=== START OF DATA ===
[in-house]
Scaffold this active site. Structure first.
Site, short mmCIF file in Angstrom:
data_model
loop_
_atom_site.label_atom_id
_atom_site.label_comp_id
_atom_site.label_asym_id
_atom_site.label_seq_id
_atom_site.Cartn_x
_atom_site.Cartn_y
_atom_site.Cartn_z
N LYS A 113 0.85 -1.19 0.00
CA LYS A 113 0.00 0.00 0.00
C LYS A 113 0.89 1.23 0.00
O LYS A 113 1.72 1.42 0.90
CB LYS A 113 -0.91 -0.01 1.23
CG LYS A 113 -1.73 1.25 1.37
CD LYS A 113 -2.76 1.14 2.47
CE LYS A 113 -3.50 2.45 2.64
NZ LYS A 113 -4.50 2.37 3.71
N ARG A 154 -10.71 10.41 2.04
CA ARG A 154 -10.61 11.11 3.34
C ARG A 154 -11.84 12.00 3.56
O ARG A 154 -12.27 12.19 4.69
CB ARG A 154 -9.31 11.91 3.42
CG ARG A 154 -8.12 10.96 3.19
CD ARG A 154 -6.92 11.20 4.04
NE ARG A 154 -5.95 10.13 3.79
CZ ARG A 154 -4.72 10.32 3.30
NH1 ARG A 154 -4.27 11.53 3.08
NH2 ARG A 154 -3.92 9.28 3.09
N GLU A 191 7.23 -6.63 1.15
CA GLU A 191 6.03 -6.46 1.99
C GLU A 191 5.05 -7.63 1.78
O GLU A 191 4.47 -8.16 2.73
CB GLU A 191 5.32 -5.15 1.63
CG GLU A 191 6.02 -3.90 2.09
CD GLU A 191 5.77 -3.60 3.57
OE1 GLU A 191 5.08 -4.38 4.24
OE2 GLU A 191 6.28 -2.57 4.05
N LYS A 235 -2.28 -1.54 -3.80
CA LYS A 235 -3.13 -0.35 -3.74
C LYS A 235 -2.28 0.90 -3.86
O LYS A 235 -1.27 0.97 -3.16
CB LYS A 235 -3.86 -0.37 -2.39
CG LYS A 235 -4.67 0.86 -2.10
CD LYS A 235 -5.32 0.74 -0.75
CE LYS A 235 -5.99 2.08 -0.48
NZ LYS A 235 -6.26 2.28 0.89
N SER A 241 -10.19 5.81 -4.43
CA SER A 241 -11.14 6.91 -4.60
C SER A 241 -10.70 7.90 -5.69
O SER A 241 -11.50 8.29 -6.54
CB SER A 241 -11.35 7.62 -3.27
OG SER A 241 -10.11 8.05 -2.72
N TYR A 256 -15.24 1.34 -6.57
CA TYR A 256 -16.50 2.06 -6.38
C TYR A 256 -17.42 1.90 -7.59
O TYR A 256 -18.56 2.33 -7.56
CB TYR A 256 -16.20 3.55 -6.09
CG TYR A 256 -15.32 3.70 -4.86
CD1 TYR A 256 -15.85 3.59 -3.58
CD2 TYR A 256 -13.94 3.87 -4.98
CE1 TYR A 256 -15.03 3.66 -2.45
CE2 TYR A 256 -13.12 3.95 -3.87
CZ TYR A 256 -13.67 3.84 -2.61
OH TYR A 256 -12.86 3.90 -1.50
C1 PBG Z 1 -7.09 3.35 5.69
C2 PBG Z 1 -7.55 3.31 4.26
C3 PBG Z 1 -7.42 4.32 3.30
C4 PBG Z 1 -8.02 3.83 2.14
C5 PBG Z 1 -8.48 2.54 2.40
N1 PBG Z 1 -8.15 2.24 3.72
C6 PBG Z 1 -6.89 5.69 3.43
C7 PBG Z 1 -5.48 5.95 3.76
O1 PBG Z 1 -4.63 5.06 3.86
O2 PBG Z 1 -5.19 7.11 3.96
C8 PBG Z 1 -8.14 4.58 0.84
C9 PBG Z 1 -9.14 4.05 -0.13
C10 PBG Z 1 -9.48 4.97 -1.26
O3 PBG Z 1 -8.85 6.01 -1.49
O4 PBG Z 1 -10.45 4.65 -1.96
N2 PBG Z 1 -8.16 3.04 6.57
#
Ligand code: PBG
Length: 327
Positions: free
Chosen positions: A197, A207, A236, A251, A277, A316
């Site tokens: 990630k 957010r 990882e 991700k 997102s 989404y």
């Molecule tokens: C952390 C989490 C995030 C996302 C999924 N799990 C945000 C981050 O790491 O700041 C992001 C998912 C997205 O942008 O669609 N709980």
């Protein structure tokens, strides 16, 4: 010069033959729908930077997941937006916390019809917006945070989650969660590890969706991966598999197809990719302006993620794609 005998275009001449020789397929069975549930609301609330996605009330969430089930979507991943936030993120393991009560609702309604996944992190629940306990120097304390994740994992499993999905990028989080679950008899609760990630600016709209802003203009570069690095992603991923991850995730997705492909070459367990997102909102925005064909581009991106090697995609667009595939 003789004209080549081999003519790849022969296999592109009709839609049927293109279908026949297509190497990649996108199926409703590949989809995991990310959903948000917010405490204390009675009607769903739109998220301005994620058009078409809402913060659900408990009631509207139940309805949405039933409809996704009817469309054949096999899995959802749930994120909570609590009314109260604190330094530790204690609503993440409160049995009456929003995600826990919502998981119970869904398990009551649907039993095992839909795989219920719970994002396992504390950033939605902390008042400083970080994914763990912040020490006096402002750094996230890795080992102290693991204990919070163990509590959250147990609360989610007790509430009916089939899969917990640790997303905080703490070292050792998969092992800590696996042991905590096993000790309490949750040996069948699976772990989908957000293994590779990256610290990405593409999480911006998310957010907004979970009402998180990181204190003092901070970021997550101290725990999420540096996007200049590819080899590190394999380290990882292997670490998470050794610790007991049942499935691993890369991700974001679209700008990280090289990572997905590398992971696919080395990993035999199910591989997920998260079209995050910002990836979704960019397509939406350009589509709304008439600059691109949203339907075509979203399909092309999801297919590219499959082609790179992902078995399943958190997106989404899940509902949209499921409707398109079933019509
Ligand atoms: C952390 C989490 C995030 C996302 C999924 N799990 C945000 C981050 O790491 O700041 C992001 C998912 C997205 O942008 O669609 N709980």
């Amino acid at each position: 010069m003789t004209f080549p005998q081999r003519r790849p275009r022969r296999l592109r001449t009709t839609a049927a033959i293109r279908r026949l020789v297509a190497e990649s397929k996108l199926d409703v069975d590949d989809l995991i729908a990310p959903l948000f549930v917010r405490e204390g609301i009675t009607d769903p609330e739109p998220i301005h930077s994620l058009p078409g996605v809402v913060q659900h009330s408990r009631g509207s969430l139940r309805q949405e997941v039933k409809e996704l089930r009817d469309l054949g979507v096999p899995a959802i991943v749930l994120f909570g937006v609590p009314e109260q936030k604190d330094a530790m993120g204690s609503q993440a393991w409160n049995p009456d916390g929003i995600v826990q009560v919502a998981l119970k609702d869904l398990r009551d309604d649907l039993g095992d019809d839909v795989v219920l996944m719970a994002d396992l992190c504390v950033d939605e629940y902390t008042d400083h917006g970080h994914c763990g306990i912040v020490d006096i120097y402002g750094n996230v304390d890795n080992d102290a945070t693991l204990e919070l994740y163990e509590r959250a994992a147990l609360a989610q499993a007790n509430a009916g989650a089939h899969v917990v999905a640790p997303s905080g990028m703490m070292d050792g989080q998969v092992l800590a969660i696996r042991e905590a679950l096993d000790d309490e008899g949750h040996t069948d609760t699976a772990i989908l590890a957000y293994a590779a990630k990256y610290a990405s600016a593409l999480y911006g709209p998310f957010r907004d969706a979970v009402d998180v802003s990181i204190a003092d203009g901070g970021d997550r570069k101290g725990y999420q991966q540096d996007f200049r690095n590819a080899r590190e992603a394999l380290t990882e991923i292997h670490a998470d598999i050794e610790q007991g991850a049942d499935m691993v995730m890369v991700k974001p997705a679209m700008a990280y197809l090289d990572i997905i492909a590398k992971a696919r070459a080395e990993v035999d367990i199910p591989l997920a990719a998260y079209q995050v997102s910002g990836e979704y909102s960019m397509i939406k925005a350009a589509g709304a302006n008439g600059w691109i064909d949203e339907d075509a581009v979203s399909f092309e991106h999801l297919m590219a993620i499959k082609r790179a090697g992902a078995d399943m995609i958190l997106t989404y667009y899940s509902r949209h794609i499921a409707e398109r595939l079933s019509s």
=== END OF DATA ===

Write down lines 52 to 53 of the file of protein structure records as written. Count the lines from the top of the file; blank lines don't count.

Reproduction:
CA SER A 241 -11.14 6.91 -4.60
C SER A 241 -10.70 7.90 -5.69